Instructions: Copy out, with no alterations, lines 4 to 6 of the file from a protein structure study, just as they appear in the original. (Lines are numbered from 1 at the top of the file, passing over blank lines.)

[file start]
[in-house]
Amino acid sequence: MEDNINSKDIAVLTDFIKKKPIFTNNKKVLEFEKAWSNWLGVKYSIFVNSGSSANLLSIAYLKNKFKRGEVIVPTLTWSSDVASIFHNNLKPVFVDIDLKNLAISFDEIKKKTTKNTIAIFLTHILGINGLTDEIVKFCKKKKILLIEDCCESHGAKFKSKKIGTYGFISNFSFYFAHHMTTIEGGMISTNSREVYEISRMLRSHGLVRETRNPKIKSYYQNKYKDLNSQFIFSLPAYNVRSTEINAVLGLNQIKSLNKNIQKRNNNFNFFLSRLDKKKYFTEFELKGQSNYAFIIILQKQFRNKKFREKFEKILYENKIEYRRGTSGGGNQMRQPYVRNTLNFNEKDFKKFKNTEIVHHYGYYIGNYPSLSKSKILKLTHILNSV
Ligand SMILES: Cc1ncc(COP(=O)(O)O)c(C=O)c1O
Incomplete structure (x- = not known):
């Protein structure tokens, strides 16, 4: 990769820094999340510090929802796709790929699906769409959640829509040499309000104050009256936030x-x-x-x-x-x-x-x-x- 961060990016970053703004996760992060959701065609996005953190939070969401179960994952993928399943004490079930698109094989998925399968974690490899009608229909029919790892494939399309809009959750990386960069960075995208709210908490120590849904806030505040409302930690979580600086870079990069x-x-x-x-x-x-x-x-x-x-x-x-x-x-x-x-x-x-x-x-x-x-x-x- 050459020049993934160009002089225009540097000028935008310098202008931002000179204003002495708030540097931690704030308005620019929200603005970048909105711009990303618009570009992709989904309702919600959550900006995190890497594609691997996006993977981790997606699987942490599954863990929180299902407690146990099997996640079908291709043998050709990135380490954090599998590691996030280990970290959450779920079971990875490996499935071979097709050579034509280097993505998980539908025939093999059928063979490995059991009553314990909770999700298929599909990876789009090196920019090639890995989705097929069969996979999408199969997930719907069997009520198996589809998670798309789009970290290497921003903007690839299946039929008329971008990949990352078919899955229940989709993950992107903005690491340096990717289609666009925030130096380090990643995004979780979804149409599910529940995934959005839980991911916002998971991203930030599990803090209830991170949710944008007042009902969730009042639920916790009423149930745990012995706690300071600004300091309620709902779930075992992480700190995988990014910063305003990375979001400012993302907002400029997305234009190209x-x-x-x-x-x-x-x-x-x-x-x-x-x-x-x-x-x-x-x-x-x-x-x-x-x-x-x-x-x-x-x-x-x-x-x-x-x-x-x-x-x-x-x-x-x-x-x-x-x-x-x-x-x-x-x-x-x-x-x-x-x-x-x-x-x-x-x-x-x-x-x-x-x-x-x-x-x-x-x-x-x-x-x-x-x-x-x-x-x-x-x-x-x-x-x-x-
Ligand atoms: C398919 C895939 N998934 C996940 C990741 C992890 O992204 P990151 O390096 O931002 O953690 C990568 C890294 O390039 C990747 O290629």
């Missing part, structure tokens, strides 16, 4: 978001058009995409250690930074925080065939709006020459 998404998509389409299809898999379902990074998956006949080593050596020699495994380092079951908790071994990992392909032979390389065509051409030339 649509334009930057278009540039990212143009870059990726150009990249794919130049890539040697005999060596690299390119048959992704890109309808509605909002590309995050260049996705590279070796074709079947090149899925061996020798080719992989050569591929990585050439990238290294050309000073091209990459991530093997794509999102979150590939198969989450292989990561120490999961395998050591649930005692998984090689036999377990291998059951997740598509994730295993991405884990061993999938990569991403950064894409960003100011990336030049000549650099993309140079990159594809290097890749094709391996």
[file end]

Incomplete structure (x- = not known):
């Protein structure tokens, strides 16, 4: 990769820094999340510090929802796709790929699906769409959640829509040499309000104050009256936030x-x-x-x-x-x-x-x-x- 961060990016970053703004996760992060959701065609996005953190939070969401179960994952993928399943004490079930698109094989998925399968974690490899009608229909029919790892494939399309809009959750990386960069960075995208709210908490120590849904806030505040409302930690979580600086870079990069x-x-x-x-x-x-x-x-x-x-x-x-x-x-x-x-x-x-x-x-x-x-x-x- 050459020049993934160009002089225009540097000028935008310098202008931002000179204003002495708030540097931690704030308005620019929200603005970048909105711009990303618009570009992709989904309702919600959550900006995190890497594609691997996006993977981790997606699987942490599954863990929180299902407690146990099997996640079908291709043998050709990135380490954090599998590691996030280990970290959450779920079971990875490996499935071979097709050579034509280097993505998980539908025939093999059928063979490995059991009553314990909770999700298929599909990876789009090196920019090639890995989705097929069969996979999408199969997930719907069997009520198996589809998670798309789009970290290497921003903007690839299946039929008329971008990949990352078919899955229940989709993950992107903005690491340096990717289609666009925030130096380090990643995004979780979804149409599910529940995934959005839980991911916002998971991203930030599990803090209830991170949710944008007042009902969730009042639920916790009423149930745990012995706690300071600004300091309620709902779930075992992480700190995988990014910063305003990375979001400012993302907002400029997305234009190209x-x-x-x-x-x-x-x-x-x-x-x-x-x-x-x-x-x-x-x-x-x-x-x-x-x-x-x-x-x-x-x-x-x-x-x-x-x-x-x-x-x-x-x-x-x-x-x-x-x-x-x-x-x-x-x-x-x-x-x-x-x-x-x-x-x-x-x-x-x-x-x-x-x-x-x-x-x-x-x-x-x-x-x-x-x-x-x-x-x-x-x-x-x-x-x-x-
Ligand atoms: C398919 C895939 N998934 C996940 C990741 C992890 O992204 P990151 O390096 O931002 O953690 C990568 C890294 O390039 C990747 O290629």